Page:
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New to Running

Now is the perfect time to start dipping your toe into the running waters to see if it’s right for you. If you’re not quite ready to commit to a 5K, but are wondering what it takes to get started, here are a few answers to your new to running questions. We also included a few helpful related articles for you to read that will help you take a deeper dive into each topic.

What do I really need to get started? One of the best things about running is its simplicity. You will need a good pair of shoes, but if you are completely new to running, for your first couple of runs, even a pair of cross trainers or older running shoes will see you through. Head out for a 15 minute run/walk in whatever athletic shoes you have and commit to buying a decent pair of running shoes over the weekend. A good running store can help you determine your foot strike and appropriate footwear, knowing that most new runners will benefit from more stabilization or cushioning (leave the minimalist shoes for the veterans). As you get more committed, a running watch or heart rate monitor are nice additions. As you stick to regular runs, consider adding a GPS or pedometer style running watch or monitor to your list, to allow you to better track your pace and mileage. (Related: When to Replace Your Running Shoes)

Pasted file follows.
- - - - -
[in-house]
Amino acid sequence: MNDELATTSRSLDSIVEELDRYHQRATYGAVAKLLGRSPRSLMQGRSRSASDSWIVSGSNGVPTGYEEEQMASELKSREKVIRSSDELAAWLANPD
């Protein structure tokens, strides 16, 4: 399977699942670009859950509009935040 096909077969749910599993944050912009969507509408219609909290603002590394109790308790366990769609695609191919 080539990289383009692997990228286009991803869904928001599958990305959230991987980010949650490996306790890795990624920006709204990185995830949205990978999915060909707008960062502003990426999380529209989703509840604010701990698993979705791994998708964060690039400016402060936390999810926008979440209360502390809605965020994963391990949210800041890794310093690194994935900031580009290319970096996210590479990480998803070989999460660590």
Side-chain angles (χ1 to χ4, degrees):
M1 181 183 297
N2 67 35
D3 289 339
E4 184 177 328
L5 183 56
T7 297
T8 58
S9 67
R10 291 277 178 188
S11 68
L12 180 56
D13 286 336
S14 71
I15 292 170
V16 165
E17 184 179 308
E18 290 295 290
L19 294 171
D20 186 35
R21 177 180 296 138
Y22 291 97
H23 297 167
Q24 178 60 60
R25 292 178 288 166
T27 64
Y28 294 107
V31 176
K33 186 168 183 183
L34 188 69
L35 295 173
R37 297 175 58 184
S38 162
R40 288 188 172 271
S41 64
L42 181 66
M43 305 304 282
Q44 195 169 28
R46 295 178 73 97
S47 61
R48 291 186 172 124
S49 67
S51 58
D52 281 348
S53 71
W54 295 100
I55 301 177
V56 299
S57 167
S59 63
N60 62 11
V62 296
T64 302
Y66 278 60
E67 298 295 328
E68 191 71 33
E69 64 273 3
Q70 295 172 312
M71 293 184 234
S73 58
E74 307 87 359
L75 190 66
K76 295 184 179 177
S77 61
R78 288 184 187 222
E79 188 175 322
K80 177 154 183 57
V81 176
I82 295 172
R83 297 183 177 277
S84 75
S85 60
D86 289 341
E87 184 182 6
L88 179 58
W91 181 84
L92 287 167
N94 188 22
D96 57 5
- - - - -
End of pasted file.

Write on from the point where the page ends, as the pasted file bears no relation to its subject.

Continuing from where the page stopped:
What should I wear? Aside from the shoes, just about any comfortable clothing will see you through your early runs. Once you start to add in higher mileage and frequency, runner specific clothing that includes more support, less chafing (you’ll know when you need this), wicking, and better options for insulating during winter runs are nice additions. For winter runs, dress in layers, keeping a wicking later near the body and a wind resistant layer on the outside. You can add in a layer for insulation when it’s cold enough. Dress as though it’s 20 degrees warmer than the actual (plus windchill) temperature, since you’ll be warmer from running.
(Related: How to Wash Your Workout Clothes)